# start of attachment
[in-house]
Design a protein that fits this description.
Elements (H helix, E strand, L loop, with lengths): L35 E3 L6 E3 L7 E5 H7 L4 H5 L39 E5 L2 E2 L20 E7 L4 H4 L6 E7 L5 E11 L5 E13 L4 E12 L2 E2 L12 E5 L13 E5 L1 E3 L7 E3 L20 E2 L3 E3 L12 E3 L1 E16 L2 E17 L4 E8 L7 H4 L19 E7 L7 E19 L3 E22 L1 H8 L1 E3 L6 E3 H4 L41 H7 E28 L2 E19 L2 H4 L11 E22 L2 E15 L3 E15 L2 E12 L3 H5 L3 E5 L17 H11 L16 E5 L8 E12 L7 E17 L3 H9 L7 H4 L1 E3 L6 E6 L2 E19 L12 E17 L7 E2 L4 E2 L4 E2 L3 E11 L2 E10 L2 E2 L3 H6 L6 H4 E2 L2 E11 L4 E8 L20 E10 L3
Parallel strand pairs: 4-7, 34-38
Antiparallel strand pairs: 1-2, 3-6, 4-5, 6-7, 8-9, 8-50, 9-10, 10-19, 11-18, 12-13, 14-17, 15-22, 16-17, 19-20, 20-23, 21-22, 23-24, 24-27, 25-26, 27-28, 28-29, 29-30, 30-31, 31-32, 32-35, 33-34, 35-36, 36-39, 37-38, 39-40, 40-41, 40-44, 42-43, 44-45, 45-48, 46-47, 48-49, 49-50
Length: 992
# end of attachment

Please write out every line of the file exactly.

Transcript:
[in-house]
Design a protein that fits this description.
Elements (H helix, E strand, L loop, with lengths): L35 E3 L6 E3 L7 E5 H7 L4 H5 L39 E5 L2 E2 L20 E7 L4 H4 L6 E7 L5 E11 L5 E13 L4 E12 L2 E2 L12 E5 L13 E5 L1 E3 L7 E3 L20 E2 L3 E3 L12 E3 L1 E16 L2 E17 L4 E8 L7 H4 L19 E7 L7 E19 L3 E22 L1 H8 L1 E3 L6 E3 H4 L41 H7 E28 L2 E19 L2 H4 L11 E22 L2 E15 L3 E15 L2 E12 L3 H5 L3 E5 L17 H11 L16 E5 L8 E12 L7 E17 L3 H9 L7 H4 L1 E3 L6 E6 L2 E19 L12 E17 L7 E2 L4 E2 L4 E2 L3 E11 L2 E10 L2 E2 L3 H6 L6 H4 E2 L2 E11 L4 E8 L20 E10 L3
Parallel strand pairs: 4-7, 34-38
Antiparallel strand pairs: 1-2, 3-6, 4-5, 6-7, 8-9, 8-50, 9-10, 10-19, 11-18, 12-13, 14-17, 15-22, 16-17, 19-20, 20-23, 21-22, 23-24, 24-27, 25-26, 27-28, 28-29, 29-30, 30-31, 31-32, 32-35, 33-34, 35-36, 36-39, 37-38, 39-40, 40-41, 40-44, 42-43, 44-45, 45-48, 46-47, 48-49, 49-50
Length: 992